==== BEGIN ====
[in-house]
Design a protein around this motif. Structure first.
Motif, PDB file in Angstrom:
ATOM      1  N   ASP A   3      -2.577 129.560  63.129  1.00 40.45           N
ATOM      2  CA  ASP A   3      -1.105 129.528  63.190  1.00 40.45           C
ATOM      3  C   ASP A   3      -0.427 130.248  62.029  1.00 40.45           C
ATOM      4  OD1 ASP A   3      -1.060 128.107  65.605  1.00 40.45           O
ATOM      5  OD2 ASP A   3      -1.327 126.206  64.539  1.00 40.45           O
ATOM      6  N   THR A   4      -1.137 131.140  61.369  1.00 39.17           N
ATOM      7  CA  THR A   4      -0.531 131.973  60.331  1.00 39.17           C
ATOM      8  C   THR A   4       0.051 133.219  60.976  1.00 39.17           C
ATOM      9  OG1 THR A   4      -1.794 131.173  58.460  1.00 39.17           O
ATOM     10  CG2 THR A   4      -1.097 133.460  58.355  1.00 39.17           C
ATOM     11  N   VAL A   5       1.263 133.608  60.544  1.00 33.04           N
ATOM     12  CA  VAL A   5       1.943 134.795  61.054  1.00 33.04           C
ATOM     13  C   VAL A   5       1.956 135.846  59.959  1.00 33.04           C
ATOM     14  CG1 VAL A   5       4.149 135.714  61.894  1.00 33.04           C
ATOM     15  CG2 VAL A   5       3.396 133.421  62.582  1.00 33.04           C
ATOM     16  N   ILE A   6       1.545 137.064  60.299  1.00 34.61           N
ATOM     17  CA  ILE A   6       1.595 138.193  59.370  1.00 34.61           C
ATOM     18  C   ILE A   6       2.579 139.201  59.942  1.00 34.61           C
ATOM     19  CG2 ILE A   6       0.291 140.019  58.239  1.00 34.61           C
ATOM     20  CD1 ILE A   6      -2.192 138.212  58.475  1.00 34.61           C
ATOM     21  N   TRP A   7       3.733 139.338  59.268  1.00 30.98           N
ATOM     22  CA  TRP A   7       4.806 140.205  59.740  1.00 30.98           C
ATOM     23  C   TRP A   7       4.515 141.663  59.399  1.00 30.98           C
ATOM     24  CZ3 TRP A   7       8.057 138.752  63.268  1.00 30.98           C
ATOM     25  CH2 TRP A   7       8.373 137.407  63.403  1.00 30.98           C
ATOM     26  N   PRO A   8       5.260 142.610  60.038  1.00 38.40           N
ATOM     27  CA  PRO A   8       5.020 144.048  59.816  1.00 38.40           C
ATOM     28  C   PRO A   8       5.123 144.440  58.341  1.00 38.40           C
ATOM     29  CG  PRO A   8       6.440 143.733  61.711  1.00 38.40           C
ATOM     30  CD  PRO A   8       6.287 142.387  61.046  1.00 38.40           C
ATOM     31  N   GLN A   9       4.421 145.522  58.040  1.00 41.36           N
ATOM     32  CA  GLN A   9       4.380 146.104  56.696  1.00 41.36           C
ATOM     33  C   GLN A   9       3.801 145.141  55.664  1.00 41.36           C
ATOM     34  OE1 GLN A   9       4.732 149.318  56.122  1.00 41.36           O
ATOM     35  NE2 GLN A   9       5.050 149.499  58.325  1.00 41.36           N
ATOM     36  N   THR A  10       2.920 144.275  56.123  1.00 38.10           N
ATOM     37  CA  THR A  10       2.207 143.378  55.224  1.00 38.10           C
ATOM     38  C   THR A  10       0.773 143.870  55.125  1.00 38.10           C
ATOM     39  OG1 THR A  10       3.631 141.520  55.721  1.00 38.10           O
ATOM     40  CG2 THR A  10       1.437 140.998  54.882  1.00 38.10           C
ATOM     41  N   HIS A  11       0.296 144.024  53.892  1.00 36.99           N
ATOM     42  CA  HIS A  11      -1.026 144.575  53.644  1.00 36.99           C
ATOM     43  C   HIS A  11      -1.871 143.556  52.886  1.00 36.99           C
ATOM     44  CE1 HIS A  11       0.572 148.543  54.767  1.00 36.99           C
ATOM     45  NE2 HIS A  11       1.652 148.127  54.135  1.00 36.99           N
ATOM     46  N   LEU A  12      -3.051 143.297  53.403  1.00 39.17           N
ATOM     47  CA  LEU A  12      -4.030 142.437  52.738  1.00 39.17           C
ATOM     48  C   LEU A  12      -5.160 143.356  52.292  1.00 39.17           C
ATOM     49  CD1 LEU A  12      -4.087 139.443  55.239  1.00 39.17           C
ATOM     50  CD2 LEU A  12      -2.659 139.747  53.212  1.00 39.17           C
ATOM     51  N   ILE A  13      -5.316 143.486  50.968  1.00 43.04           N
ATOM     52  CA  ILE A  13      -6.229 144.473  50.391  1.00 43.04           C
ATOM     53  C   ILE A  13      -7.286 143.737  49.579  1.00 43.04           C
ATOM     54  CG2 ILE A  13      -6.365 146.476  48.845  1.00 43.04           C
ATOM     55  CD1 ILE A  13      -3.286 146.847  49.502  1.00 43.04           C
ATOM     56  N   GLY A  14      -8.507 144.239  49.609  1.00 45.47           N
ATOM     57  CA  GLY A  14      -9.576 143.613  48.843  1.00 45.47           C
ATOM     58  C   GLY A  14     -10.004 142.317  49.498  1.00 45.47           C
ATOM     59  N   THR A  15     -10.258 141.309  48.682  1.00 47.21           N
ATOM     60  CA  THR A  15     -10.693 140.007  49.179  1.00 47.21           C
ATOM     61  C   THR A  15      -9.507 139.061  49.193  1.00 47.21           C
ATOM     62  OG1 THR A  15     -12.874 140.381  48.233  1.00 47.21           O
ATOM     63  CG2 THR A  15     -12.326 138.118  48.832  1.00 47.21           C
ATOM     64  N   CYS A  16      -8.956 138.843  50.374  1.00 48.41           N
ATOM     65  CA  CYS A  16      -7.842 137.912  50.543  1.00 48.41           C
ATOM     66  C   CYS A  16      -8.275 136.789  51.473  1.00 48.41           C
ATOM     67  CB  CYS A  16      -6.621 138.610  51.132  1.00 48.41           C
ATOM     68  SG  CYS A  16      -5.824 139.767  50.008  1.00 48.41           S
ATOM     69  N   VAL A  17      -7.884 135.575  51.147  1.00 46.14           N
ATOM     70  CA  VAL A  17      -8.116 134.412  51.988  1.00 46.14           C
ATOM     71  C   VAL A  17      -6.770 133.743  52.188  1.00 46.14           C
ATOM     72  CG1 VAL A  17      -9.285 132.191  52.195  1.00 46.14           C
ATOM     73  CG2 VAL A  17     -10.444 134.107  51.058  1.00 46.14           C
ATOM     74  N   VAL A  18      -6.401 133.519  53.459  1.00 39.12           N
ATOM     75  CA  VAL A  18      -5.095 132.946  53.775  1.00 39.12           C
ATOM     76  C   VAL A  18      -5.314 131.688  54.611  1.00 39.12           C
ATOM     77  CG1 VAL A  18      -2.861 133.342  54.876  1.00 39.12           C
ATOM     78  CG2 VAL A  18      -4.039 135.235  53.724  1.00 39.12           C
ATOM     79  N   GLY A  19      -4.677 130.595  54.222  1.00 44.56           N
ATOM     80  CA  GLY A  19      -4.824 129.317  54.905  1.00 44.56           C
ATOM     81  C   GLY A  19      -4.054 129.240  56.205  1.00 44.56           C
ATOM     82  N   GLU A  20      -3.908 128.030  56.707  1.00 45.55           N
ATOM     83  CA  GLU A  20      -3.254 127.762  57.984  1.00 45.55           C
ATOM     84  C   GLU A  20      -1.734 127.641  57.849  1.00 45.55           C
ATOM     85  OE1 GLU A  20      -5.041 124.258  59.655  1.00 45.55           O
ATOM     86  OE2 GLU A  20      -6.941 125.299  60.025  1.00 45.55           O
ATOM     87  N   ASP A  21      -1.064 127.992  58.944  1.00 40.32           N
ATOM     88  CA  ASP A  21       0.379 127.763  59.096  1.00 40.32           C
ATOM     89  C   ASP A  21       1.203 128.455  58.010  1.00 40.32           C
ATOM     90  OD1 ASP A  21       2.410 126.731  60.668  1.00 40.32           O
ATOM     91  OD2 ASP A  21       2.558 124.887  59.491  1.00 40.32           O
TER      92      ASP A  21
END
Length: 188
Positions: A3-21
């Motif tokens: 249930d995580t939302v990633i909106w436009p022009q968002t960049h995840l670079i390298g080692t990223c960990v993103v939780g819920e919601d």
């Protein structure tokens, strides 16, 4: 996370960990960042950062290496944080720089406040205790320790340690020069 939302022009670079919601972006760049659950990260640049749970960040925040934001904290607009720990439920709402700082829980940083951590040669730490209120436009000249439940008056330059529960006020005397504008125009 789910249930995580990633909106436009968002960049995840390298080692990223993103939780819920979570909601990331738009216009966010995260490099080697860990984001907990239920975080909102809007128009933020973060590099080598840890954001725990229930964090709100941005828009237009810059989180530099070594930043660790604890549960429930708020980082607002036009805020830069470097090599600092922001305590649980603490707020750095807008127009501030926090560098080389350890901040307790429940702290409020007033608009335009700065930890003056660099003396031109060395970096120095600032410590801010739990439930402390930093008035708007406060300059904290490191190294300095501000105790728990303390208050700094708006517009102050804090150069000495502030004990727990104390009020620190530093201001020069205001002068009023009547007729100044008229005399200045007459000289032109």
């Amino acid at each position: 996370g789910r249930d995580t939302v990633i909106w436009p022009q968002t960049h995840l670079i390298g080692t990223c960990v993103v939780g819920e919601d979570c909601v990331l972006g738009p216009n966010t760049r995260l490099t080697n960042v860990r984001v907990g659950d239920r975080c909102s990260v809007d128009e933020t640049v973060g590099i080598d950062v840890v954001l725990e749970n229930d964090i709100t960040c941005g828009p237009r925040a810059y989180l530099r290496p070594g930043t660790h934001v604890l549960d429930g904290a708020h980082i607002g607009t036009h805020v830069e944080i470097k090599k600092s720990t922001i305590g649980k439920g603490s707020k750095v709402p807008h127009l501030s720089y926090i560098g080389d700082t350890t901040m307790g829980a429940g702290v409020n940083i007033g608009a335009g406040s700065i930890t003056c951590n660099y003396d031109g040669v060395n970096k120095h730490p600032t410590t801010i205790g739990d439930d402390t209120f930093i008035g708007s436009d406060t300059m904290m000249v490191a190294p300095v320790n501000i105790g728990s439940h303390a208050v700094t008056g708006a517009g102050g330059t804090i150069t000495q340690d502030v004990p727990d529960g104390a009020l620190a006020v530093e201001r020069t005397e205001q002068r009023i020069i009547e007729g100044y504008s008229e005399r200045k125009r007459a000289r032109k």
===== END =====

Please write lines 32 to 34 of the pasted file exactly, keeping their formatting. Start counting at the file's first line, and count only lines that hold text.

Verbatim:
ATOM     29  CG  PRO A   8       6.440 143.733  61.711  1.00 38.40           C
ATOM     30  CD  PRO A   8       6.287 142.387  61.046  1.00 38.40           C
ATOM     31  N   GLN A   9       4.421 145.522  58.040  1.00 41.36           N